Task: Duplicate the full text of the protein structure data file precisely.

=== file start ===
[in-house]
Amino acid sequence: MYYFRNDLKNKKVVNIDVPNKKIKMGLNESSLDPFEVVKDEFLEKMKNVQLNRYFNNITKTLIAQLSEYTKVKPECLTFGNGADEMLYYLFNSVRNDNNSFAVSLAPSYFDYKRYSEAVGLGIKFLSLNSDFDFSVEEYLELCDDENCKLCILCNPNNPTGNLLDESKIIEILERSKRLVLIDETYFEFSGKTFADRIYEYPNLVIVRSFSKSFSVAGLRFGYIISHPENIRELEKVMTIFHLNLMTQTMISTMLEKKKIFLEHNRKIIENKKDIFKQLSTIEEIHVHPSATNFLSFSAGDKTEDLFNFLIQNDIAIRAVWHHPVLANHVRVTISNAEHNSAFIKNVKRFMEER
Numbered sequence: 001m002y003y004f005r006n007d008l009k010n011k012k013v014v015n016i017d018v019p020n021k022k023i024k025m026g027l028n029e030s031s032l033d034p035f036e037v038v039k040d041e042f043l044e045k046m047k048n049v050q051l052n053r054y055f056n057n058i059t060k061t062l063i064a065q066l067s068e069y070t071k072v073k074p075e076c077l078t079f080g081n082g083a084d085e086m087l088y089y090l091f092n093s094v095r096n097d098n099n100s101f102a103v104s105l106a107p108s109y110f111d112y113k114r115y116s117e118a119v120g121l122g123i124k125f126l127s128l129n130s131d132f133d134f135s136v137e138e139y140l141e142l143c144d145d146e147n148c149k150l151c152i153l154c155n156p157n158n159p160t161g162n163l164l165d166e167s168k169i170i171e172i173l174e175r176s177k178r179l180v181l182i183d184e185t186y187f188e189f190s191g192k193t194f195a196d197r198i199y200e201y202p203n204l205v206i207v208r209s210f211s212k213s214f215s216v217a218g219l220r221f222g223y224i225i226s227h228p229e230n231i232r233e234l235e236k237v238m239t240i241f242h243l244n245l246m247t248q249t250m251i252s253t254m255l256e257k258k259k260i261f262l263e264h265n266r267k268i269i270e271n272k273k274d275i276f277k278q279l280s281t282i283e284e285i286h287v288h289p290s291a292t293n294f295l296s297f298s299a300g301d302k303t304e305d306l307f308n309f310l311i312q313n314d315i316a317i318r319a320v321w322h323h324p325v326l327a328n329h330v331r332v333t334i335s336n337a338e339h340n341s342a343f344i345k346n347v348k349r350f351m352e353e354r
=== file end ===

[in-house]
Amino acid sequence: MYYFRNDLKNKKVVNIDVPNKKIKMGLNESSLDPFEVVKDEFLEKMKNVQLNRYFNNITKTLIAQLSEYTKVKPECLTFGNGADEMLYYLFNSVRNDNNSFAVSLAPSYFDYKRYSEAVGLGIKFLSLNSDFDFSVEEYLELCDDENCKLCILCNPNNPTGNLLDESKIIEILERSKRLVLIDETYFEFSGKTFADRIYEYPNLVIVRSFSKSFSVAGLRFGYIISHPENIRELEKVMTIFHLNLMTQTMISTMLEKKKIFLEHNRKIIENKKDIFKQLSTIEEIHVHPSATNFLSFSAGDKTEDLFNFLIQNDIAIRAVWHHPVLANHVRVTISNAEHNSAFIKNVKRFMEER
Numbered sequence: 001m002y003y004f005r006n007d008l009k010n011k012k013v014v015n016i017d018v019p020n021k022k023i024k025m026g027l028n029e030s031s032l033d034p035f036e037v038v039k040d041e042f043l044e045k046m047k048n049v050q051l052n053r054y055f056n057n058i059t060k061t062l063i064a065q066l067s068e069y070t071k072v073k074p075e076c077l078t079f080g081n082g083a084d085e086m087l088y089y090l091f092n093s094v095r096n097d098n099n100s101f102a103v104s105l106a107p108s109y110f111d112y113k114r115y116s117e118a119v120g121l122g123i124k125f126l127s128l129n130s131d132f133d134f135s136v137e138e139y140l141e142l143c144d145d146e147n148c149k150l151c152i153l154c155n156p157n158n159p160t161g162n163l164l165d166e167s168k169i170i171e172i173l174e175r176s177k178r179l180v181l182i183d184e185t186y187f188e189f190s191g192k193t194f195a196d197r198i199y200e201y202p203n204l205v206i207v208r209s210f211s212k213s214f215s216v217a218g219l220r221f222g223y224i225i226s227h228p229e230n231i232r233e234l235e236k237v238m239t240i241f242h243l244n245l246m247t248q249t250m251i252s253t254m255l256e257k258k259k260i261f262l263e264h265n266r267k268i269i270e271n272k273k274d275i276f277k278q279l280s281t282i283e284e285i286h287v288h289p290s291a292t293n294f295l296s297f298s299a300g301d302k303t304e305d306l307f308n309f310l311i312q313n314d315i316a317i318r319a320v321w322h323h324p325v326l327a328n329h330v331r332v333t334i335s336n337a338e339h340n341s342a343f344i345k346n347v348k349r350f351m352e353e354r